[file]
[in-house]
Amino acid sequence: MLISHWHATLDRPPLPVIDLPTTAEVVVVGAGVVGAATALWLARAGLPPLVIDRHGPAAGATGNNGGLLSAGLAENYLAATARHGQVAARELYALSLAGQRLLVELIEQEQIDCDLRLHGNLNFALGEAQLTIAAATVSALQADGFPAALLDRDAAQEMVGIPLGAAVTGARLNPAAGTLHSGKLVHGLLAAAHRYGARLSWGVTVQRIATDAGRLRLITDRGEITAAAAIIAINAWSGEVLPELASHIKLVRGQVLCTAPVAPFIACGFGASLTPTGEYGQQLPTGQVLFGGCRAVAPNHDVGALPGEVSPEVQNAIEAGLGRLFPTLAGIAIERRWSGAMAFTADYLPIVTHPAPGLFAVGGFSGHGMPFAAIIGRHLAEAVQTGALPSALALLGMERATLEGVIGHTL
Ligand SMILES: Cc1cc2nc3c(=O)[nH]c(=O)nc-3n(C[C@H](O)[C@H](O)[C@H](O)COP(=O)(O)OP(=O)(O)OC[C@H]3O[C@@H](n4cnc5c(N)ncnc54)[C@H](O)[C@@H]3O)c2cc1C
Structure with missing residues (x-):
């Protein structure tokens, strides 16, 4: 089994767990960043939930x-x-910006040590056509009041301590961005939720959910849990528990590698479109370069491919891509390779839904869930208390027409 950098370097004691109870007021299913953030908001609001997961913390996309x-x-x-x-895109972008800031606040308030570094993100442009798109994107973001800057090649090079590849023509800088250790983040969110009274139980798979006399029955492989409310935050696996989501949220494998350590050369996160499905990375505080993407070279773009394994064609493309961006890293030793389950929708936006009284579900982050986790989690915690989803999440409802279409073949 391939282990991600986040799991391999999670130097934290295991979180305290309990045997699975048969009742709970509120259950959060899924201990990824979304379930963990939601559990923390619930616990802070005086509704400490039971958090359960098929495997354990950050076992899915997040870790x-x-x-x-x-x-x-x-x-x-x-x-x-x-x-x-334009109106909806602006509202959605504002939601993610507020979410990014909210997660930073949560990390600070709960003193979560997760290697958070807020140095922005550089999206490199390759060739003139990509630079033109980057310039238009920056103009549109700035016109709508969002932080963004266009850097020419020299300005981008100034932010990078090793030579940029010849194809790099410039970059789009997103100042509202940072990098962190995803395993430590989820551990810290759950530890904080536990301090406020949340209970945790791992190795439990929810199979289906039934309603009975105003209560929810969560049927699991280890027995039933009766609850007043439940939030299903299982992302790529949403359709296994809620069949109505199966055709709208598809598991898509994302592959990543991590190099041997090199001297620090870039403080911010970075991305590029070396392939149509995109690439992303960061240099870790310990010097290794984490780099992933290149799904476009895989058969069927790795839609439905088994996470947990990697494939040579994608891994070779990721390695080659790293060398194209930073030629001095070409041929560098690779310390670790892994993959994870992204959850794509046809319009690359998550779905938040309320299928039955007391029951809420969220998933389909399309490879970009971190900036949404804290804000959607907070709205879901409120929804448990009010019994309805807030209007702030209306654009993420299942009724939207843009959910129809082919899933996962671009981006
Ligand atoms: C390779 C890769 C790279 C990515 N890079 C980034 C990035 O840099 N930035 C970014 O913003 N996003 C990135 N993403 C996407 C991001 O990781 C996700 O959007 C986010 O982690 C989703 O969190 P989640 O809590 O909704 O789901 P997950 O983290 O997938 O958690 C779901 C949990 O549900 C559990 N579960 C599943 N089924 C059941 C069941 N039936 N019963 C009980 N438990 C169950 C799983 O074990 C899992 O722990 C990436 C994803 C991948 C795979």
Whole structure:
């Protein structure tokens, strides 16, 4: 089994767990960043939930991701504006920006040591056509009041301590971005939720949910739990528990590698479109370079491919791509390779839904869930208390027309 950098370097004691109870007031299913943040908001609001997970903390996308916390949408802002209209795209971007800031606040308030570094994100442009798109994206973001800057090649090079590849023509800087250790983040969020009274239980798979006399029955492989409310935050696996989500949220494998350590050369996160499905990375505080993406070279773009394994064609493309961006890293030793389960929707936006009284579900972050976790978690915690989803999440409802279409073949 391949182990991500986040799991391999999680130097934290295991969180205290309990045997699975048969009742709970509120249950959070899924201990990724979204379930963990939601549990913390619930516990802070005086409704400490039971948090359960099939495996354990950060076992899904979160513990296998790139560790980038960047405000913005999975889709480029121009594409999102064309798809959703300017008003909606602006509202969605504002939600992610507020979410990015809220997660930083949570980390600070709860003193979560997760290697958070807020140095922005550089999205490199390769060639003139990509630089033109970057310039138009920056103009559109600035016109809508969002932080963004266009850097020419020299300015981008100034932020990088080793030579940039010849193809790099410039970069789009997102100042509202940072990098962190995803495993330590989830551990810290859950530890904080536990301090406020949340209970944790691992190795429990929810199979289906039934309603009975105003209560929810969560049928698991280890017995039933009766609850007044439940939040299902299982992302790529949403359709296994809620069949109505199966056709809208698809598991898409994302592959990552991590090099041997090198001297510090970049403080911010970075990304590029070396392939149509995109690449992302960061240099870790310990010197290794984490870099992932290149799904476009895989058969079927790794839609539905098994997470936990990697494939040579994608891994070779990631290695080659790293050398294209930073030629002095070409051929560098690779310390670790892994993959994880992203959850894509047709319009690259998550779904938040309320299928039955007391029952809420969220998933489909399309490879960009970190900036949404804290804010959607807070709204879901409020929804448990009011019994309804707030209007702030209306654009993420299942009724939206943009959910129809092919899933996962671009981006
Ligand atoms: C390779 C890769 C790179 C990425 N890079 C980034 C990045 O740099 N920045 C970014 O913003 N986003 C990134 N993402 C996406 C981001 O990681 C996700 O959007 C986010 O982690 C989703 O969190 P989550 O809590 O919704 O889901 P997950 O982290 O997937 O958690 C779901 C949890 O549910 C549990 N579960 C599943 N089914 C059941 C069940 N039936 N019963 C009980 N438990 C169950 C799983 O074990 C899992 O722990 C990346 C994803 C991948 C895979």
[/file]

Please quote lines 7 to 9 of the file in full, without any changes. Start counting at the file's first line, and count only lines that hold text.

Whole structure:
């Protein structure tokens, strides 16, 4: 089994767990960043939930991701504006920006040591056509009041301590971005939720949910739990528990590698479109370079491919791509390779839904869930208390027309 950098370097004691109870007031299913943040908001609001997970903390996308916390949408802002209209795209971007800031606040308030570094994100442009798109994206973001800057090649090079590849023509800087250790983040969020009274239980798979006399029955492989409310935050696996989500949220494998350590050369996160499905990375505080993406070279773009394994064609493309961006890293030793389960929707936006009284579900972050976790978690915690989803999440409802279409073949 391949182990991500986040799991391999999680130097934290295991969180205290309990045997699975048969009742709970509120249950959070899924201990990724979204379930963990939601549990913390619930516990802070005086409704400490039971948090359960099939495996354990950060076992899904979160513990296998790139560790980038960047405000913005999975889709480029121009594409999102064309798809959703300017008003909606602006509202969605504002939600992610507020979410990015809220997660930083949570980390600070709860003193979560997760290697958070807020140095922005550089999205490199390769060639003139990509630089033109970057310039138009920056103009559109600035016109809508969002932080963004266009850097020419020299300015981008100034932020990088080793030579940039010849193809790099410039970069789009997102100042509202940072990098962190995803495993330590989830551990810290859950530890904080536990301090406020949340209970944790691992190795429990929810199979289906039934309603009975105003209560929810969560049928698991280890017995039933009766609850007044439940939040299902299982992302790529949403359709296994809620069949109505199966056709809208698809598991898409994302592959990552991590090099041997090198001297510090970049403080911010970075990304590029070396392939149509995109690449992302960061240099870790310990010197290794984490870099992932290149799904476009895989058969079927790794839609539905098994997470936990990697494939040579994608891994070779990631290695080659790293050398294209930073030629002095070409051929560098690779310390670790892994993959994880992203959850894509047709319009690259998550779904938040309320299928039955007391029952809420969220998933489909399309490879960009970190900036949404804290804010959607807070709204879901409020929804448990009011019994309804707030209007702030209306654009993420299942009724939206943009959910129809092919899933996962671009981006
Ligand atoms: C390779 C890769 C790179 C990425 N890079 C980034 C990045 O740099 N920045 C970014 O913003 N986003 C990134 N993402 C996406 C981001 O990681 C996700 O959007 C986010 O982690 C989703 O969190 P989550 O809590 O919704 O889901 P997950 O982290 O997937 O958690 C779901 C949890 O549910 C549990 N579960 C599943 N089914 C059941 C069940 N039936 N019963 C009980 N438990 C169950 C799983 O074990 C899992 O722990 C990346 C994803 C991948 C895979």